Feb. 11-- Eight gay couples are suing the state of Missouri over its 10- year-old constitutional ban on same-sex marriage. The civil rights organization is planning press conferences in St. Louis, Kansas City, Springfield and Jefferson City Wednesday to announce the legal action. Two of the plaintiffs are LeRoy Fitzwater and Alan Ziegler, who moved to the St. Louis...
Feb. 11--Eight gay couples are suing the state of Missouri over its 10-year-old constitutional ban on same-sex marriage.
The ACLU of Missouri, on behalf of the couples, is expected to file the suit in state court in Kansas City Wednesday.
All eight of the couples were wed in states or a country where same-sex marriage is legally recognized.
The expected legal action comes as similar battles are under way across the country. And it follows an executive order that Missouri Gov. Jay Nixon issued three months ago telling the state Department of Revenue to accept gay couples' joint state returns if they file joint federal returns.
The civil rights organization is planning press conferences in St. Louis, Kansas City, Springfield and Jefferson City Wednesday to announce the legal action.
Two of the plaintiffs are LeRoy Fitzwater and Alan Ziegler, who moved to the St. Louis area in November, from California.
They were married in California in 2008. That state is one of 17 that recognizes same-sex marriages.
"It's important that with the protections derived from marriage, we get those in the state we live and work," said Fitzwater, 43.
The lawsuit will be the first of its kind in Missouri, said A.J. Bockelman, executive director of PROMO, a statewide lobbying group for gay rights.
But it follows at least 50 other similar suits across the country where gay couples are fighting to get their relationships legally recognized.
An ACLU spokesman said no one from the organization would talk about the lawsuit until Wednesday at the various press conferences.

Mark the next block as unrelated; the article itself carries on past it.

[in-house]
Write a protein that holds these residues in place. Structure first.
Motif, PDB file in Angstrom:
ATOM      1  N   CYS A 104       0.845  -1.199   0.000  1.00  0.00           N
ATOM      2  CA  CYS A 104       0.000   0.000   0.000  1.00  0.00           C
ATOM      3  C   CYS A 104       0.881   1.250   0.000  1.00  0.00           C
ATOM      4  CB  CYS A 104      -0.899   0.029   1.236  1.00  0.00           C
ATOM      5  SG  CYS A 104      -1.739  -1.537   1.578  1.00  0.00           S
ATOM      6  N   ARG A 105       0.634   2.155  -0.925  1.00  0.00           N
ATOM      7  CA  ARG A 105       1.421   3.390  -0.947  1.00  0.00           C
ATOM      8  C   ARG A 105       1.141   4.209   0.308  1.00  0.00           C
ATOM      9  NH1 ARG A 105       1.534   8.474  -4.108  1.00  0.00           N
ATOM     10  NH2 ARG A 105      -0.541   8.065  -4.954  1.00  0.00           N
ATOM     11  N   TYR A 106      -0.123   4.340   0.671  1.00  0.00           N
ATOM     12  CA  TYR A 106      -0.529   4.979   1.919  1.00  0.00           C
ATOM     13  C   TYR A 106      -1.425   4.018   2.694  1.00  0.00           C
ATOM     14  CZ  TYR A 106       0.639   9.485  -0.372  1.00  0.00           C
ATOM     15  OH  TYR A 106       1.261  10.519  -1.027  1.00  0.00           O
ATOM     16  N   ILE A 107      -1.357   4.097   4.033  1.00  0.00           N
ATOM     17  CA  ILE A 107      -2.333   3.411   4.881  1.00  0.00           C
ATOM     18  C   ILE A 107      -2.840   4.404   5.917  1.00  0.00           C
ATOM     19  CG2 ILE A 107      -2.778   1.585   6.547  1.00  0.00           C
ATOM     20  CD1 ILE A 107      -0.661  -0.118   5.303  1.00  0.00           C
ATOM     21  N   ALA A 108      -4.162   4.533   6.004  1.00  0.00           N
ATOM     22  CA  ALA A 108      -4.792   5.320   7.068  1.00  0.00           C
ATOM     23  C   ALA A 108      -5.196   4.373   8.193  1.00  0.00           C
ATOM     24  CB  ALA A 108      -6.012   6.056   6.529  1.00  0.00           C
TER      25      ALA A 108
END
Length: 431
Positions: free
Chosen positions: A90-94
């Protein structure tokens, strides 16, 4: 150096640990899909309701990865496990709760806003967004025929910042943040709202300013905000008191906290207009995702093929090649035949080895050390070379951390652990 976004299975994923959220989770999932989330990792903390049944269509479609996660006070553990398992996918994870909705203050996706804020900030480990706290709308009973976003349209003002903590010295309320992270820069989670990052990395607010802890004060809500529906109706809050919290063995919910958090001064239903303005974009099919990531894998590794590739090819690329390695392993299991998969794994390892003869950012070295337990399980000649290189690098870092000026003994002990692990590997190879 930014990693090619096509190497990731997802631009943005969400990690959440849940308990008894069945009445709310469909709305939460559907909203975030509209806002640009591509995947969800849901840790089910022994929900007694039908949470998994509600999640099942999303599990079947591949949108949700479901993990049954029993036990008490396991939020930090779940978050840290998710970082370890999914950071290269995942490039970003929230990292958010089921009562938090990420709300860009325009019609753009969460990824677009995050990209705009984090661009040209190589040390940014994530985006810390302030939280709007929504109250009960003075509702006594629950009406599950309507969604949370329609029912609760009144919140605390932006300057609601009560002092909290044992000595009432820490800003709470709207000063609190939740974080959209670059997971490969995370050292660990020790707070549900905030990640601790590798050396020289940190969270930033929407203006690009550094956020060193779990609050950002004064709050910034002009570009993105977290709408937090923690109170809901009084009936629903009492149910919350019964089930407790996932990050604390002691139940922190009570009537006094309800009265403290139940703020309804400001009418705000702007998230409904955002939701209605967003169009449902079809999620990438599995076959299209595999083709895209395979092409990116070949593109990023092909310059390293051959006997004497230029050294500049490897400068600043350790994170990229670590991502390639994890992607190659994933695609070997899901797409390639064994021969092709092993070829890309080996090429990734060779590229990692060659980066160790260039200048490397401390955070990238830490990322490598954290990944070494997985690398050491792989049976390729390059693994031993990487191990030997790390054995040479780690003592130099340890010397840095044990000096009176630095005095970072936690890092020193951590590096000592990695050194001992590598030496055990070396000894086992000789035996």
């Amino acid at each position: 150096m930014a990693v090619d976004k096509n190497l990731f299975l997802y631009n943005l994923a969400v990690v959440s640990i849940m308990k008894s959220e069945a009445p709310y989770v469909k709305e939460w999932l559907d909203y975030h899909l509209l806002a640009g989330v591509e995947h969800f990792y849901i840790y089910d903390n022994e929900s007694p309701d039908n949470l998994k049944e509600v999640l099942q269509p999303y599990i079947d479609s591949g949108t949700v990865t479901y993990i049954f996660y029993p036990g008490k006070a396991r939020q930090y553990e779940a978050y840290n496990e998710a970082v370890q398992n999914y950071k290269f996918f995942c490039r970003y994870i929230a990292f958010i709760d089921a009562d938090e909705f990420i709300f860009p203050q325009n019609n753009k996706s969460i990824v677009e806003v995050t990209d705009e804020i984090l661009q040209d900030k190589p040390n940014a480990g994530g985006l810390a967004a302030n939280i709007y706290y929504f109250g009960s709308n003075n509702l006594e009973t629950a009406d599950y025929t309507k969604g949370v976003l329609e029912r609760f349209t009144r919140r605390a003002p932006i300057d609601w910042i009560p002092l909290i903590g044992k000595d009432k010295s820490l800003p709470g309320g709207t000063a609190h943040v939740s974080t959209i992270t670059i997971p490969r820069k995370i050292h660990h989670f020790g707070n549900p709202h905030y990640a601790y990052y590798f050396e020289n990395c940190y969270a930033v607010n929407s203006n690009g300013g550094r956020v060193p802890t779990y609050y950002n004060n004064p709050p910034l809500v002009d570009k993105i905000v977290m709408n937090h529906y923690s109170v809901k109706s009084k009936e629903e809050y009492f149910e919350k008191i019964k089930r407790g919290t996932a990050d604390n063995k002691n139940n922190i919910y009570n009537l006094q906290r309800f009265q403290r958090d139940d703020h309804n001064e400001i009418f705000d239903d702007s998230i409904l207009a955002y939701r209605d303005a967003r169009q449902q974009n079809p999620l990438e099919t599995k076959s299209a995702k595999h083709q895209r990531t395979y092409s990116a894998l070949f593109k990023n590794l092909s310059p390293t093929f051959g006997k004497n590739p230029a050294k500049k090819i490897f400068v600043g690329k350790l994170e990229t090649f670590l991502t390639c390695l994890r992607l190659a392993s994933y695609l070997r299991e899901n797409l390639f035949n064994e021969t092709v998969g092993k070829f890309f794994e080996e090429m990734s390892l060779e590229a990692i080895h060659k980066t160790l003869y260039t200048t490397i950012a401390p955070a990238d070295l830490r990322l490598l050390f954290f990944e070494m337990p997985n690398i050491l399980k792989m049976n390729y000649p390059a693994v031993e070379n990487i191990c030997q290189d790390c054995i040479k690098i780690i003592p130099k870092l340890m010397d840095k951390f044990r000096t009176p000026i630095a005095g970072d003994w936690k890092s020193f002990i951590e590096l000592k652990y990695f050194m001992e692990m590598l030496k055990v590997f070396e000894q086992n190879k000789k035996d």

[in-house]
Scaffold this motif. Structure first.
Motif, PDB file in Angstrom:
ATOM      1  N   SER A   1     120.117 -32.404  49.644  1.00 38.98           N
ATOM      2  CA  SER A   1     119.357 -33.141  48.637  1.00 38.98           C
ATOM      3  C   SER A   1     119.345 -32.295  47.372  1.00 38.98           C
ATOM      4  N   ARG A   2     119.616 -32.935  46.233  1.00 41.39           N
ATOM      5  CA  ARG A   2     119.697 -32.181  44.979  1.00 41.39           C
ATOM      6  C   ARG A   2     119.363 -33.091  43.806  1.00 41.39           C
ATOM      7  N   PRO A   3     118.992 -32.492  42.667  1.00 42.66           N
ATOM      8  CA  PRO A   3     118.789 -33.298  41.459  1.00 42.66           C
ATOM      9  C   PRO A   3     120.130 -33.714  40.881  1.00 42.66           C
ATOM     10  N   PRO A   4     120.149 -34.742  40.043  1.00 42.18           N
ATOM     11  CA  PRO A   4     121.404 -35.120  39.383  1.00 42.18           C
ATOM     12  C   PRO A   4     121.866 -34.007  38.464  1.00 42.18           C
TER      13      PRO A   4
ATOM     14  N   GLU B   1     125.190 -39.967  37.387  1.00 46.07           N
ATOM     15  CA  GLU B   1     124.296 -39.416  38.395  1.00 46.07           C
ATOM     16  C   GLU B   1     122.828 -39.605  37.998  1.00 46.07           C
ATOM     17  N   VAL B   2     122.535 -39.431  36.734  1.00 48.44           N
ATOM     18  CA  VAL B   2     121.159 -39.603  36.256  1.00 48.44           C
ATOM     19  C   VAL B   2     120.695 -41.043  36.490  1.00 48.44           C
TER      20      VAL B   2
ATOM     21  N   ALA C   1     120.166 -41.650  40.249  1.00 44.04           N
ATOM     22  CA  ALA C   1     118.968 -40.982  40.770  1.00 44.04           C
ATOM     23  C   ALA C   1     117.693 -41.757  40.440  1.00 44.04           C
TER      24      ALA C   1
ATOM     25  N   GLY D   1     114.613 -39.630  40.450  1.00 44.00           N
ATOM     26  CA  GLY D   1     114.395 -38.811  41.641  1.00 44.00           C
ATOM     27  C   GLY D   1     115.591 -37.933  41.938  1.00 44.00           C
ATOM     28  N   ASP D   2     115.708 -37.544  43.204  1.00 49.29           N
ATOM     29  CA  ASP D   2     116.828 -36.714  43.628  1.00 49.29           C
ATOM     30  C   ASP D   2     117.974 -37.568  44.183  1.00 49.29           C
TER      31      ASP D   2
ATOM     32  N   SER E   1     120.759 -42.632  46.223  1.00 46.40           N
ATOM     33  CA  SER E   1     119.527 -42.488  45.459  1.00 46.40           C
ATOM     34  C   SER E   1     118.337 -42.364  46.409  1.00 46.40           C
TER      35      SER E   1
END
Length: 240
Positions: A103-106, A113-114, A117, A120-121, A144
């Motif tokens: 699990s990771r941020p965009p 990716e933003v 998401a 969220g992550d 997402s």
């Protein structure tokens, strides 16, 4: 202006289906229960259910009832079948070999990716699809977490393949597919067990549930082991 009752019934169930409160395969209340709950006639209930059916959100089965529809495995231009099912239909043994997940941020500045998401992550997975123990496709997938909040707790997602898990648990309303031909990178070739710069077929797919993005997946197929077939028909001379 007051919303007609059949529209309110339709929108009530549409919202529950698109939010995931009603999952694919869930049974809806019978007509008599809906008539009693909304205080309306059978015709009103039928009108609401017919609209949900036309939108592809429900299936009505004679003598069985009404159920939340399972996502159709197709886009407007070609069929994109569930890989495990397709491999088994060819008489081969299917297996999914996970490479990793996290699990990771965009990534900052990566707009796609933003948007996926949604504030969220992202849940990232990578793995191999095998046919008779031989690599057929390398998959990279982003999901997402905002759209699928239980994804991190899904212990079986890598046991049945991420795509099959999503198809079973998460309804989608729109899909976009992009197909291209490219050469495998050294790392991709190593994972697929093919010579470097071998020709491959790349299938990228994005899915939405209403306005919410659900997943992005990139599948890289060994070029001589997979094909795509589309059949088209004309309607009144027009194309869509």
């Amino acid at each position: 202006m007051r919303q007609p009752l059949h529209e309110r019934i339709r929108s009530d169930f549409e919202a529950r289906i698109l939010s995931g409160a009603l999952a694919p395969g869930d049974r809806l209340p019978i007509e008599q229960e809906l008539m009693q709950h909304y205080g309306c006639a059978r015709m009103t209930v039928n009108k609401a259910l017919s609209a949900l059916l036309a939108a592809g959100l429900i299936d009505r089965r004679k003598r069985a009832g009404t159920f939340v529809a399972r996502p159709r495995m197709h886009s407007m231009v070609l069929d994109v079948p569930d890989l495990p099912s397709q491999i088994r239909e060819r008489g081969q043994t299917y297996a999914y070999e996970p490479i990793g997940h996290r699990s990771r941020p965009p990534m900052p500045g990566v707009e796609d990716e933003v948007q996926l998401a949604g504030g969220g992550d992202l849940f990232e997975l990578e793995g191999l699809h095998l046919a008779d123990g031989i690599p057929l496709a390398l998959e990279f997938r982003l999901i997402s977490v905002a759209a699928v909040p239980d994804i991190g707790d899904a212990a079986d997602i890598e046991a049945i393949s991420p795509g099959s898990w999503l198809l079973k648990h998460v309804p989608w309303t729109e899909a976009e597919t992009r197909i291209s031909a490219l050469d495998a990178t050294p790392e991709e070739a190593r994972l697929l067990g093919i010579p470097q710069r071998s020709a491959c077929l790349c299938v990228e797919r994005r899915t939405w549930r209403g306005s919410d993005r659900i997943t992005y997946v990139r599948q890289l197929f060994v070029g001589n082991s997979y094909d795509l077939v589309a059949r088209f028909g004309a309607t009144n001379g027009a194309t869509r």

Greg Magarian, a law professor at Washington University, said filing it in state court appears to be a good strategy.
"Opponents can't say federal courts are meddling in state affairs," Magarian said.
And going through the court system will be an easier route than trying to get the state's conservative legislators in Jefferson City to put it before voters, he said.
In a statewide referendum in August 2004, 71 percent of voters favored changing the constitution to expressly state that marriage is between one man and one woman.
Conservative Missouri lawmakers say Nixon willfully disregarded the voter measure when he allowed gay couples to file joint tax returns.
Last week, eight Republican state representatives led by Nick Marshall of Parkville filed articles of impeachment against Nixon, accusing the governor of a "willful neglect of duty and misconduct."
The sponsors of the bill admit it will likely go nowhere, but say it sends a message to Nixon that he is out of step with the rest of the state.
In June, the U.S. Supreme Court invalidated part of the Defense of Marriage, declaring that gay couples married in states where it is legal must receive the same federal benefits that heterosexual couples receive. Another ruling issued the same day paved the way for California to resume recognizing same-sex marriages.
Nixon said that he made his ruling because state tax law is linked to federal tax law. He stopped short of saying he supported same-sex marriage.
When the ban in Missouri was approved in 2004, only one state -- Massachusetts -- recognized same sex marriage. Within a decade, 16 more along with the District of Columbia have followed suit, including Iowa in 2009. Illinois Gov. Pat Quinn in December signed legislation recognizing the unions. The law takes effect June 1.
Although the move to legalize gay marriage across the U.S. is moving at a fast clip, it has met with resistance.
In December, a federal court ruled that Utah's ban on same-sex marriage violated the U.S. Constitution. But opponents got a stay allowing the state to appeal the ruling.
Those filing suit to have their marriages recognized in Missouri say it is simply an issue of dismantling discrimination.
Janice Barrier and Sherie Schild of Olivette have been together for 33 years, married in May 2009 in Iowa.
When Schild, 60, got sick with cancer several years ago, she was unable to go onto Barrier's health insurance because the two were not recognized as legally married. As a result, the couple went through their life savings to pay for medical bills.
When Schild was in the hospital with pneumonia in the early 1990s, Barrier, 61, was asked by a nurse to leave when visiting hours ended. When Barrier relented, security was called and escorted her out.
The couple say they would like to live in a state that allows them guaranteed hospital visits, and assurances that they will be able to have unlimited access if one of them ends up in a nursing home.
"I love Janice, love her as much as the first day I set eyes on her," Schild said. "We've been caring for one another for 33 years. When we got married in Iowa, it was the happiest day of my life. I knew when we came back it would not be recognized.
"But I'm very hopeful we will see that change come soon."
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